Moses’ warning is especially poignant today—an age when it’s possible for anyone to download, read, and hear messages from a host of celebrity preachers who are personally detached from our real-life communities, connected only by satellite signals.
Additionally, many people in our day assume that if someone is writing books or has a huge online following he or she must be worth “following”.
The thing is, however, a true prophet may not have a book contract or TV show, but the people who know them—“know them”—warts and all.
Add to that, their message is often difficult to hear, which means their audiences tend to be smaller. After all, who is allured by that which is difficult to hear, yet still faithful?
Most of the time, real prophets are reluctant because they know that the message God has laid on them can sting them as much as it will the rest of the community. Just look at the struggles of the prophets of Israel and you’ll see it was no picnic.
So with those criteria in mind, it becomes easier to tell when someone is actually being “prophetic” versus making a “sales pitch”. But here are a few telltale signs that you’re hearing a sales pitch instead of a prophet:
First…It’s all about them.
Someone who is faking it is in business for the benefit received from hawking a particular product or agenda, thus he or she is more likely to use their platform to manipulate others toward that end.
So when a person begins with an admonition like, “God told me to tell you …” it should put you on high alert. History is full of those who have claimed a special hotline with God and have led people to destruction while lining their own pockets or feeding their hedonistic impulses. Through Moses, God warns God’s people to watch out for those who “speak in my name a word I have not commanded the prophet to speak” because that word is usually their own.
A real prophet, on the other hand, is likely to suffer for the word he or she is bringing. Witness the trials of Jeremiah and Isaiah, John the Baptist, or the disciples of Jesus for just a few examples.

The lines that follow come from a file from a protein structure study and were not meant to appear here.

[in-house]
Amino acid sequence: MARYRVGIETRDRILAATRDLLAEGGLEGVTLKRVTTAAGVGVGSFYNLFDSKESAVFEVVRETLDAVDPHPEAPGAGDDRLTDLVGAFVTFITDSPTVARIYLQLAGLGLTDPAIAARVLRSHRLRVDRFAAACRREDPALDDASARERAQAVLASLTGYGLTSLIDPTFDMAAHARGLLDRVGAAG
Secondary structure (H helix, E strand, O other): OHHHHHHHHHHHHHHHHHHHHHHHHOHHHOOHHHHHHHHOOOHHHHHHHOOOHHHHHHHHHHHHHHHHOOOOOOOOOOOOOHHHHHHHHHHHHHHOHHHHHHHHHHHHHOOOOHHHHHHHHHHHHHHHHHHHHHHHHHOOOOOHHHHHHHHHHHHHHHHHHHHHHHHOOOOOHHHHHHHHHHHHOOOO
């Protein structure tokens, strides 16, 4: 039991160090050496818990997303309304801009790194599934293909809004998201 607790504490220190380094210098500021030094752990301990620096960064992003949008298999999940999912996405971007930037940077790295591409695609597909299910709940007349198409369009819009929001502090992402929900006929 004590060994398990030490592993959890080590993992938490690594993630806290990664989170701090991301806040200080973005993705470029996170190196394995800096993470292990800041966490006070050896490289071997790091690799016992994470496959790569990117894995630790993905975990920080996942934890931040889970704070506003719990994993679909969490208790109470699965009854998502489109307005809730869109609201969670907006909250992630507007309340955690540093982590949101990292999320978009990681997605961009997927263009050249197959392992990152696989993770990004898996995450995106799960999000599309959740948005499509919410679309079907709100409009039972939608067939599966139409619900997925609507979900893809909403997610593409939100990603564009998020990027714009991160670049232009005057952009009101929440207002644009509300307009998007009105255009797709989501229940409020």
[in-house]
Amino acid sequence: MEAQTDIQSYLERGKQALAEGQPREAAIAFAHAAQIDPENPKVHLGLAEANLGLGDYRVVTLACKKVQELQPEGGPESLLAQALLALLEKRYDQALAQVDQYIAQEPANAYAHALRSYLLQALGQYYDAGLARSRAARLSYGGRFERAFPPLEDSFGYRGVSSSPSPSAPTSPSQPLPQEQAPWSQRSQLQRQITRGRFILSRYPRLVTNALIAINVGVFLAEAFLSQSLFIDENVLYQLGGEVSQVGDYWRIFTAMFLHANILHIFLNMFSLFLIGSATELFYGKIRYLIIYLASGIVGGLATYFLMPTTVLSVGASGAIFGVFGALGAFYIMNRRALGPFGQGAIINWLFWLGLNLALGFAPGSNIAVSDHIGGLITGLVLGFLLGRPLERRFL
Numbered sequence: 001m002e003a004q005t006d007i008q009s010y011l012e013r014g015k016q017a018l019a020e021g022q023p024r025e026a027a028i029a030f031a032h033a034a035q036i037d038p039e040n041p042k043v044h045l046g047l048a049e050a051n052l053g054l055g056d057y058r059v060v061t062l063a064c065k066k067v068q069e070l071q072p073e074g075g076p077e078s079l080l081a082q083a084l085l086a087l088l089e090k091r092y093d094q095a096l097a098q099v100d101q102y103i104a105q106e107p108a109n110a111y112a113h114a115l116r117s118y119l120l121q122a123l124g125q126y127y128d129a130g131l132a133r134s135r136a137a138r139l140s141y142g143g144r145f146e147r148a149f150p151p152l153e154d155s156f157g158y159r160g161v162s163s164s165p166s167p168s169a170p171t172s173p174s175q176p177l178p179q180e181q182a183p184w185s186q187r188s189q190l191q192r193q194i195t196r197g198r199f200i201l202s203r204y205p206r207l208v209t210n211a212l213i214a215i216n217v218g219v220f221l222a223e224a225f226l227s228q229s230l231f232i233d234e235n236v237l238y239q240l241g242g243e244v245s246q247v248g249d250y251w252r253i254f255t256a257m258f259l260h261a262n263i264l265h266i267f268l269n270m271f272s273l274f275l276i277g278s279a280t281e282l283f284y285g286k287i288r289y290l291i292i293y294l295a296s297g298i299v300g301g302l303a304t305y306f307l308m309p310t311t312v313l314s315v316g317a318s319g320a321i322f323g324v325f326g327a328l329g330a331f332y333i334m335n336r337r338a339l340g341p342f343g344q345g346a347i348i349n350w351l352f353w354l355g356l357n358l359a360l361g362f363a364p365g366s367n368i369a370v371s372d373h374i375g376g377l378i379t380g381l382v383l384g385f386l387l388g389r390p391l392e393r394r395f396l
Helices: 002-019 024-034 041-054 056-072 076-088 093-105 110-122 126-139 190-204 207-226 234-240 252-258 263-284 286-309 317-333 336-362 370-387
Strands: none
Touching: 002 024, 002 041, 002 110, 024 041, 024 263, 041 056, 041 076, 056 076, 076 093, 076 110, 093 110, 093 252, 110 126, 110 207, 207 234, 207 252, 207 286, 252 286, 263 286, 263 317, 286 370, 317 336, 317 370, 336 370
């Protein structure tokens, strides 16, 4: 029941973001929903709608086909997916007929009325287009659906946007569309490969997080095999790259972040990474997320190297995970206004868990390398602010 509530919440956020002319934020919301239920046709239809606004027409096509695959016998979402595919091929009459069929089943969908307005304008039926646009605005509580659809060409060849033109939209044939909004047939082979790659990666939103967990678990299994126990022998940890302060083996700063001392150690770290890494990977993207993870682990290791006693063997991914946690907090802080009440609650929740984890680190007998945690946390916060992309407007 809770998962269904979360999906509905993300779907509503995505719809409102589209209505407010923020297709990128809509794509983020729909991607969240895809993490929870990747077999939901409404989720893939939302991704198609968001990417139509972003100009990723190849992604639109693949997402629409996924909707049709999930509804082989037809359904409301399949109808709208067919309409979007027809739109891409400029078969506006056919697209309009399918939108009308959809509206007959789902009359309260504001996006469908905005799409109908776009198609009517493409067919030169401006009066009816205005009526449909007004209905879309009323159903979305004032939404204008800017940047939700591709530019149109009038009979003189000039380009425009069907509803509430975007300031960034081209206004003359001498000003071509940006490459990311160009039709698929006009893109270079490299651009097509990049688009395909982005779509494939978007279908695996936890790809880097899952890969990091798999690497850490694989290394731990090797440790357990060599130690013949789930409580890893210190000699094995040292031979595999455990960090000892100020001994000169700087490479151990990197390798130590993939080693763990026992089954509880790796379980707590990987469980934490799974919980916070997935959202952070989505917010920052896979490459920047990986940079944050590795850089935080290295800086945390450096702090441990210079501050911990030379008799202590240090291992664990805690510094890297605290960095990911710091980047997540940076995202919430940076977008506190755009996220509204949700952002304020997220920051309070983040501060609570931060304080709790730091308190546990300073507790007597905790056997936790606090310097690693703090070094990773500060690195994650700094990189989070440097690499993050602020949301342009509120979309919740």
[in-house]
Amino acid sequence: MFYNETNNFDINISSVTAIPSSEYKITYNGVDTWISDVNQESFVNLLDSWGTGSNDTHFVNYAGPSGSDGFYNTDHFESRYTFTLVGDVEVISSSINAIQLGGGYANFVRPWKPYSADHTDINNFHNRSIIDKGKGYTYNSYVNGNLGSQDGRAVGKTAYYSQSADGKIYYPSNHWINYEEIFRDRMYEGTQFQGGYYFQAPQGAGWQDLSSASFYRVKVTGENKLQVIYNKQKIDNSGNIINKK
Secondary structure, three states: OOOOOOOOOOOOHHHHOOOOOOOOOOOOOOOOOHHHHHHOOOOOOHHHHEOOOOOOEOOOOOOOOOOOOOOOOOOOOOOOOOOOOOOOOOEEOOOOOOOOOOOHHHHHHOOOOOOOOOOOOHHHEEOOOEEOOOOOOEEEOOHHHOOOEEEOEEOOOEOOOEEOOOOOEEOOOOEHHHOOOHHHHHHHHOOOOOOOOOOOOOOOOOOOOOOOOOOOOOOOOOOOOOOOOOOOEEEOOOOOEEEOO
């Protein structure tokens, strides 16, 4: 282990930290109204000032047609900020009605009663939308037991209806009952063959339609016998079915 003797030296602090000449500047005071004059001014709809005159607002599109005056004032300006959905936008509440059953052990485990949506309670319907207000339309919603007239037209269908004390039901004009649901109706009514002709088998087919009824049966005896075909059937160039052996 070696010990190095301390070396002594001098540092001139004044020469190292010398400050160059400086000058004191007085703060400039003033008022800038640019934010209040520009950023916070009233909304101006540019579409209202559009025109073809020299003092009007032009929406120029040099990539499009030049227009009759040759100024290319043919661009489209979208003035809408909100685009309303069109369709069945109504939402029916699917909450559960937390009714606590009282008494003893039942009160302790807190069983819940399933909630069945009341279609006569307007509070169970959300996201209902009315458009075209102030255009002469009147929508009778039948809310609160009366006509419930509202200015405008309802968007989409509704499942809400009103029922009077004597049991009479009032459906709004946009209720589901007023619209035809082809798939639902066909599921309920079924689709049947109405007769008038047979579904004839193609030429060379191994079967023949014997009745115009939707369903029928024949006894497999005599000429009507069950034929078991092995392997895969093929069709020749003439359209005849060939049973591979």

Or for a more modern day example, witness the trials of those who are part of the #MeToo movement—sharing accounts of sexual abuse but then being told they are liars.
Bottom line… If God calls you to be a prophet—to speak truth to power— God is not doing you a favor.
Next…Sales pitches will hold up other gods.
God warns against prophets who are actually pitch-people for other gods. In Moses’ day that meant the idols of the Canaanites, but there are still plenty of other gods today.
Therefore, if your “prophet” is making promises about your financial prosperity, for example, that should be a major red flag. The biblical prophets were far more concerned about the poor than the rich, as was Jesus.
Any prophet who puts his, her and/or your financial wealth ahead of generosity is simply pitching a product and not the Gospel. As Jesus put it, you can’t serve both God and wealth; you’re going to have to choose. And you’ll have to choose because money is often part of an unholy trinity of other gods that includes sex and power.
It’s not that any of these are bad in and of themselves; it’s just that they make good servants but terrible masters.
When a prophet speaks a word that places wealth, sexual license or a political agenda over and above the word of God, then you’ve got yourself a sales pitch for another set of gods.
Another way to spot a sales pitch—Character doesn’t match the message.
This one seems pretty obvious. If someone is preaching a gospel they’re not living out, then he or she is a religious peddler and not an authentic prophet.
In the Gospel of Matthew Jesus warned his disciples against false prophets who come as wolves in sheep’s clothing, but whose real character is revealed by their “fruits.”
The most authentic prophets are those who are vulnerable, whose weaknesses are known by the community, and who live in humility.
Real prophets may not be the most eloquent speakers, nor the best dressed, and they aren’t typically accomplished athletes or super models. But their lives speak the message they proclaim.
Advertisers know we have a choice—which is why they work so hard and spend so much to influence those choices.
So may we be guided in our choices—not by alluring commercials and celebrity sales pitches. But rather by the word of God, spoken in word and action by today’s prophets of God.
Yes, it will likely be a hard message to hear. But may we know the message of God will be more authentic than any celebrity, and it will be more memorable and alluring than any Super Bowl commercial. Amen.